How Hybrid Annuities Work

To understand more about how these annuities work, we can review some of their features and benefits.

The basis for most hybrid policies is the indexed annuity. These policies will pay interest based on the underlying performance of a specific market index, such as the S&P 500. This allows the owner to benefit from the growth of the underlying market while still retaining some downside protection if the market performs poorly. Moreover, many indexed annuities will credit a minimum interest rate, and also cap the upside performance. This implies that, no matter how strongly the chosen market index performs, the annuity holder won’t receive returns surpassing a specified percentage, as stipulated in the annuity contract.

To transform a standard annuity into a hybrid annuity, an income or benefit rider is included in the policy to increase the amount of guaranteed income. This distinction from a deferred annuity is important because it allows the owner to retain control over the underlying contract value.

Rider Types

Guaranteed Minimum Income Benefit Rider
When paired with an indexed annuity, an income rider sets a minimum level of income for the owner in the future and creates the opportunity for the owner to withdraw the greater of the guarantee amount from the income rider benefit or the annuitized value of the underlying contract. 
Guaranteed Minimum Accumulation Benefit Rider
It sets a minimum level of guaranteed accumulation in the owner’s income account after a specified period, typically 7-10 years. If the contract value remains below this minimum threshold after the specified term, the insurance company will make up the difference.
Guaranteed Minimum Withdrawal Benefit Rider
Similar to a Guaranteed Minimum Income Benefit Rider, this option permits the annuity owner to annually withdraw a maximum amount from the annuity, regardless of the investment performance of the underlying contract.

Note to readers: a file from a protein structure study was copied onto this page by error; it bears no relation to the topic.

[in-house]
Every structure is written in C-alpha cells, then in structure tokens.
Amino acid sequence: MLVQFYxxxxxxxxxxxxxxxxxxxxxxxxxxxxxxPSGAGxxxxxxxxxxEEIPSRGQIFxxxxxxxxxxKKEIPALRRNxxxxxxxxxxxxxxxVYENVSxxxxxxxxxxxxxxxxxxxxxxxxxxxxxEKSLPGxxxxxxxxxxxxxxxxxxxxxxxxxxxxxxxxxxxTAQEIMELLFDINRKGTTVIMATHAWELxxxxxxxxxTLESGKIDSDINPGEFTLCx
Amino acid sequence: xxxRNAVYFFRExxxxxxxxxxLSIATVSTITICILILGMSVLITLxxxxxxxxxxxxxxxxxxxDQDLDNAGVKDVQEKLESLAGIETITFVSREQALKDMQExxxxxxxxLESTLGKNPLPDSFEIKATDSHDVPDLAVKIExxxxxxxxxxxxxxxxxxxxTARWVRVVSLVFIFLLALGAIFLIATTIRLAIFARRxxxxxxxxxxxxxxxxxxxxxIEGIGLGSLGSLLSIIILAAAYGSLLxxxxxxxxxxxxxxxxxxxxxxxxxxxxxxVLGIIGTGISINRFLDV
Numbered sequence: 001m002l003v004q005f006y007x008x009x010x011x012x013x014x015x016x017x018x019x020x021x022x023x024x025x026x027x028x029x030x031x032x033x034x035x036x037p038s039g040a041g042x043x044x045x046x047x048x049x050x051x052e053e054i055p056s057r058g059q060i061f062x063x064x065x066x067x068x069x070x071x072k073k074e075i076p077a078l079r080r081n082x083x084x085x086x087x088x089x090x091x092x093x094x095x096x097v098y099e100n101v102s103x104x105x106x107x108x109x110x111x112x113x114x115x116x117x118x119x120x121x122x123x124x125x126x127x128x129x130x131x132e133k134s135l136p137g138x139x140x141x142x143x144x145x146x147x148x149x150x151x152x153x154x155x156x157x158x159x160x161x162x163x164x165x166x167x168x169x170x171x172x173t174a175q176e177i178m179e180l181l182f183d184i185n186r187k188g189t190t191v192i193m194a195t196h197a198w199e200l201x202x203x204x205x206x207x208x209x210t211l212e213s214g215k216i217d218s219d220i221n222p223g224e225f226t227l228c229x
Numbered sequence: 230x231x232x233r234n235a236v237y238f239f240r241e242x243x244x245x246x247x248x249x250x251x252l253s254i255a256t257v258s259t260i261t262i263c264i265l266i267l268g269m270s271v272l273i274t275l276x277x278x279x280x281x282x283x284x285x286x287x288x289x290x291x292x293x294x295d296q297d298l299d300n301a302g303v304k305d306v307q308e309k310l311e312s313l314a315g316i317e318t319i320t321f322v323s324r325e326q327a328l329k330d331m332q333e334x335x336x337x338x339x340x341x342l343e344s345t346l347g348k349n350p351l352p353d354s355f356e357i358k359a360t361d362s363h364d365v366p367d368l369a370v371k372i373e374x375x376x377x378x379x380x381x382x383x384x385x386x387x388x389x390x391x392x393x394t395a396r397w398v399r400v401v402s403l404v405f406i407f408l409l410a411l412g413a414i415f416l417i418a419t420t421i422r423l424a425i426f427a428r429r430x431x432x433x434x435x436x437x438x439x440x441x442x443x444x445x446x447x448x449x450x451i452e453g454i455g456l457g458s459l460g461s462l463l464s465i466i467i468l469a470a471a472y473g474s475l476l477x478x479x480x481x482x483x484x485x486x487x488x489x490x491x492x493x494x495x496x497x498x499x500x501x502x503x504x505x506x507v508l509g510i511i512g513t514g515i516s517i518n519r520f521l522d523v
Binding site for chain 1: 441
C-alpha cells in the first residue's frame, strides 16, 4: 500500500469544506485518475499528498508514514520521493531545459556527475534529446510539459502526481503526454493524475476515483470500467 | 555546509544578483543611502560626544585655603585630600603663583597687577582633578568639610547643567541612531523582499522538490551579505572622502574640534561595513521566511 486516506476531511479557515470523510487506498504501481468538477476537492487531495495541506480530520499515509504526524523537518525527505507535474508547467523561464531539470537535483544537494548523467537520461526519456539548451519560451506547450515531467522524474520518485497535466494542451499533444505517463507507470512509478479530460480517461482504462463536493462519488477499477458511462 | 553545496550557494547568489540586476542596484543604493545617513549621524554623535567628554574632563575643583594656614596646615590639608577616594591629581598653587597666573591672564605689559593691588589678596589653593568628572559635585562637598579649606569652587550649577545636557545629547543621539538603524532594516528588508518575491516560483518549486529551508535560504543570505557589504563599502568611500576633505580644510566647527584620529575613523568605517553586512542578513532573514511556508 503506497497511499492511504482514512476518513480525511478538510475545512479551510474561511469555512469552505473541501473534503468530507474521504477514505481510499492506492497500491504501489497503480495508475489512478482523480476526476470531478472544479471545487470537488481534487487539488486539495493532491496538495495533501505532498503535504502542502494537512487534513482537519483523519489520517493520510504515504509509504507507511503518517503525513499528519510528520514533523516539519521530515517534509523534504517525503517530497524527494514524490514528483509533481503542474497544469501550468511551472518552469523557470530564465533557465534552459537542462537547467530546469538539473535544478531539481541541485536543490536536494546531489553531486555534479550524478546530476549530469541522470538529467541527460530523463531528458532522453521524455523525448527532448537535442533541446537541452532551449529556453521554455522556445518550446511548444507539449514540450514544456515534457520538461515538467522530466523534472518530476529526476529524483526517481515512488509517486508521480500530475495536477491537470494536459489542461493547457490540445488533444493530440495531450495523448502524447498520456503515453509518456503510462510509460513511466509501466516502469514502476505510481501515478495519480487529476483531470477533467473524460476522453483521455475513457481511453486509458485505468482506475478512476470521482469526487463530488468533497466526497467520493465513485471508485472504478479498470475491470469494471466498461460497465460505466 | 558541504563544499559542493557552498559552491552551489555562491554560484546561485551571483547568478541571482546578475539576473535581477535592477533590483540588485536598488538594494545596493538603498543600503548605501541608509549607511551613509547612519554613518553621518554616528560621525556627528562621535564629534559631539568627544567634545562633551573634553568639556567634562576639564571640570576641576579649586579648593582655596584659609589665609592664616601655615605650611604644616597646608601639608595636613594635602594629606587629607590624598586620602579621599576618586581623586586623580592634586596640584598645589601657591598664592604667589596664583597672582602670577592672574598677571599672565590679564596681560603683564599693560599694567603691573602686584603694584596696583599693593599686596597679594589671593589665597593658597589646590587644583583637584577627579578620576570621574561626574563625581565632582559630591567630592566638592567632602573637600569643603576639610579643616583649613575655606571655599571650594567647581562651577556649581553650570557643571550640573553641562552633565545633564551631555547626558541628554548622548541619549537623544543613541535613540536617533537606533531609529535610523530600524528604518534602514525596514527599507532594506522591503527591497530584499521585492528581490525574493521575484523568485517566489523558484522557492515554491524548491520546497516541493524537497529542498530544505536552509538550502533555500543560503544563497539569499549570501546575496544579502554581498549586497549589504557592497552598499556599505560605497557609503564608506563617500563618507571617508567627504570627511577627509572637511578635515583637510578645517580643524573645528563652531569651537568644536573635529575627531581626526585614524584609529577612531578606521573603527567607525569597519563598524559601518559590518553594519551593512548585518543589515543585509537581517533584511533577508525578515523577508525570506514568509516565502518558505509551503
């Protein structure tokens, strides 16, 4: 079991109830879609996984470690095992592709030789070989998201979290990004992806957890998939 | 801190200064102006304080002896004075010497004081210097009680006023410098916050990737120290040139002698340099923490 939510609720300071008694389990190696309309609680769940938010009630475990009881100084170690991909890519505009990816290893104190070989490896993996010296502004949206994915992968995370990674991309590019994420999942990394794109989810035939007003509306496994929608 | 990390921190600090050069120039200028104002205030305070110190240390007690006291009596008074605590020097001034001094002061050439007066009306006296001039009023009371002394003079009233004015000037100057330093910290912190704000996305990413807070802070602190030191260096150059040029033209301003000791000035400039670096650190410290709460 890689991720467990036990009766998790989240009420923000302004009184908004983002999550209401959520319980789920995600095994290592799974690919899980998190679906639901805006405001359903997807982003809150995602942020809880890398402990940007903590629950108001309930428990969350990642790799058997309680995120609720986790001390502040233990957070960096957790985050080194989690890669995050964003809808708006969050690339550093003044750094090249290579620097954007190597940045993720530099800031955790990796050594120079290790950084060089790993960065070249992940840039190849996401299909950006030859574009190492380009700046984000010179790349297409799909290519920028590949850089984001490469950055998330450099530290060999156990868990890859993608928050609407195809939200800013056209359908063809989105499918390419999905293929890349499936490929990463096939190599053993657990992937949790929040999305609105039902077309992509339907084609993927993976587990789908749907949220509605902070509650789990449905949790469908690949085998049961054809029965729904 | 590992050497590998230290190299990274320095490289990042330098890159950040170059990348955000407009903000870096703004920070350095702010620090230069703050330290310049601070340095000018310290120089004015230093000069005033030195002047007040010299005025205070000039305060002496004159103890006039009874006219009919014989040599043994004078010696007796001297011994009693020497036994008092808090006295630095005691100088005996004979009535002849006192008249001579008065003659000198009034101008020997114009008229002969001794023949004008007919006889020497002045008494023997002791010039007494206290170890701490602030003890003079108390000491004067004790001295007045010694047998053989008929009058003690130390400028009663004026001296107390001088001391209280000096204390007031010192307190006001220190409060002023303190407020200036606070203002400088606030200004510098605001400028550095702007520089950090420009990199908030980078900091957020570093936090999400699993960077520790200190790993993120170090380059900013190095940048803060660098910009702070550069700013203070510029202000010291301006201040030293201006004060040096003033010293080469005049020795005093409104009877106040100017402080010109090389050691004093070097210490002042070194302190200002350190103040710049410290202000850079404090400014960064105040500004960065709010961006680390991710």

Guaranteed Lifetime Withdrawal Benefit
It sets a guaranteed percentage that can be withdrawn from the contract each year, typically 4-8%, depending on the annuitant’s age, for as long as the annuitant is alive.
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How soon are you retiring?

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What is your goal for purchasing an annuity?

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Unique Time Horizons and Liquidity

Due to the underlying variable and market-based investments in the annuity contract, time will be an asset for the policy owner. These products should be used by investors with a long-term time frame for investment. To avoid the need for early withdrawals before locking in guarantees, it’s important to align these thresholds, such as the Guaranteed Minimum Accumulation Benefit, with the investor’s income plan.

Indexed annuities, including hybrid annuities, are primarily designed for individuals with a long-term time horizon. Premature withdrawals from these annuity contracts may result in penalties, surrender charges or losses. Once the contract is annuitized, the lump sum is unlikely to be available. Most variable annuities have surrender charges that decrease annually and expire within the first 7-10 years after purchase.

Pros and Cons of Hybrid Annuities 

The key advantage of hybrid annuity contracts lies in their ability to introduce flexibility into what are typically rigid annuity contracts. They empower owners with a degree of customization and control over their investment risk and income protection, a level of control that individual policies like fixed or variable deferred annuities or income annuities do not provide.The availability of benefit riders allows for personalization in terms of income guarantees and other options, such as long-term care.